Bringing down the cost of storage is a big focus now as files continue to grow in size and retention becomes more popular with even casual users. Services like Amazon and Netflix require huge amounts of storage to keep their products on and every penny they can squeeze results in better profits for themselves and shareholders. Seagate is addressing this with their new Kinect, a type of HDD which connects directly over Ethernet without needing server infrastructure to work. There is a working demonstration of this technology using Bigfoot JBOD at OpenStack and AOL is at least somewhat interested in testing arrays of these drives. The Register offers a bit more information here, hopefully more will be forthcoming after the OpenStack conference wraps up.
"Kinetic is a disk drive directly addressed over Ethernet using Get and Put-style object storage commands using an open source API. The idea is that applications can directly use banks of these drives without having to go through complex filesystem software stacks or block access protocols and storage array controllers."
Here is some more Tech News from around the web:
- Microsoft reportedly plans to develop larger Surface Pro tablet @ DigiTimes
- Intel: A tiny video drone? Disguised as a BRACELET? Great! Take half a million dollars! @ The Register
- Mac OS X Yosemite has a root access vulnerability @ The Inquirer
- Samsung, TSMC still competing for Apple A9 chip orders @ DigiTimes
- Super-villains of C sought for WORLD CONQUEST plan @ The Register
- Flaw in New Visa Cards Would Let Hackers Steal $1M Per Card @ Slashdot
- Microsoft offers preview of real-time translation service for Skype @ The Inquirer
- How to Find the Best Linux Distribution for a Specific Task @ Linux.com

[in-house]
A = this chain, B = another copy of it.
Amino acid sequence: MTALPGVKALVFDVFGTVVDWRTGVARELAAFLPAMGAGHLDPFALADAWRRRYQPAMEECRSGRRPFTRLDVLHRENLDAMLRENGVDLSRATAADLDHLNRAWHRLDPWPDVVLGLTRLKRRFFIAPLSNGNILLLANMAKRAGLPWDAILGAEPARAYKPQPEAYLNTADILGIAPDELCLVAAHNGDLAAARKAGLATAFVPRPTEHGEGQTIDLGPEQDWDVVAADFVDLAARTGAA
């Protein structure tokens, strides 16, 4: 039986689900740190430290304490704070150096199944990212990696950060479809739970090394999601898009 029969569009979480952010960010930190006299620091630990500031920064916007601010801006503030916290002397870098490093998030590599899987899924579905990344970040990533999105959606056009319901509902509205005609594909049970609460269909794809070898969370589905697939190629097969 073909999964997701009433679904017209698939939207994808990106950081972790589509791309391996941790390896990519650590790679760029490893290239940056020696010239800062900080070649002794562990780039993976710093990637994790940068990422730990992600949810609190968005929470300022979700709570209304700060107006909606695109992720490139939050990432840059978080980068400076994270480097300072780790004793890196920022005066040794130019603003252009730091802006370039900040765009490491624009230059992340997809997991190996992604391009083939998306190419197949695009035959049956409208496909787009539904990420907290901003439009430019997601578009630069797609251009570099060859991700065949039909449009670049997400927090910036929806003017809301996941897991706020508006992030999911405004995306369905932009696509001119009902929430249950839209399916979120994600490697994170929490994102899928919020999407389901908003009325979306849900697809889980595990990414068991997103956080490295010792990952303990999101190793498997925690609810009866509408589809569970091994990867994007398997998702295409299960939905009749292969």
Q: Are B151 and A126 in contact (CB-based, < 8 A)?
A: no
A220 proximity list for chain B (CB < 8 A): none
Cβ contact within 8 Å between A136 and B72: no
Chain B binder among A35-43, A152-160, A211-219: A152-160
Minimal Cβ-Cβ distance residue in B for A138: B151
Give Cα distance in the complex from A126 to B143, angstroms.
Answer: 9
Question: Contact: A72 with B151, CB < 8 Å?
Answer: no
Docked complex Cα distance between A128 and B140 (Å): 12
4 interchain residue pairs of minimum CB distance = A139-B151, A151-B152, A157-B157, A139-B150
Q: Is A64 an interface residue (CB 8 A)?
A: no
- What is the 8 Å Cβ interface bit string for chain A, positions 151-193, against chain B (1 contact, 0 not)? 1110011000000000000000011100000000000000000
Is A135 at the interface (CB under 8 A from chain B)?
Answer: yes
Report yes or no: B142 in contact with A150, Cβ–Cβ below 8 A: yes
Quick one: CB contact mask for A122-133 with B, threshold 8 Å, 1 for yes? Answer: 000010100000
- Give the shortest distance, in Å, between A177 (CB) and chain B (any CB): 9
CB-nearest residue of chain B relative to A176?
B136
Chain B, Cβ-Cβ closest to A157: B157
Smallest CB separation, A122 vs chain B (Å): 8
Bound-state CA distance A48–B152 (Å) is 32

Could I in
Could I in theory..? Use this to directly sync with a web enabled smart device to create a portable hot-spot server off of power over Ethernet / solar / heat transfer power. If you transfer that technology to SSD you could then bring power requirements down.
Could create little hubs to plant around to share information with people in a new way, third world applications for education perhaps. Or a group of friends living on an island to have a central massive media hub off of the world wide web. Seems like it just simplifies the process so much, and without needing all the extra equipment going off grid just got even easier for geeks? I more so consider it a backup. I like the idea of communitized ISP.
Very interesting, but clearly
Very interesting, but clearly not for consumer use… yet.
A bit more information, Ha!
A bit more information, Ha! if you are going to cut and paste to an article synopsis, please do so, but link to a better source. Damn it Register, you are going downhill fast. Any chance for Seagate to offer a 1TB backup drive with a gigabit Ethernet interface, that works via the OS file system, so my old USB 2.0 only laptops can backup faster than 480 megabits per second. But a Drive that is its own storage node, is interesting.
And: As one of the Reg commentards noted, that is a SATA interface in the photograph, and Huawei has had such products for a year now!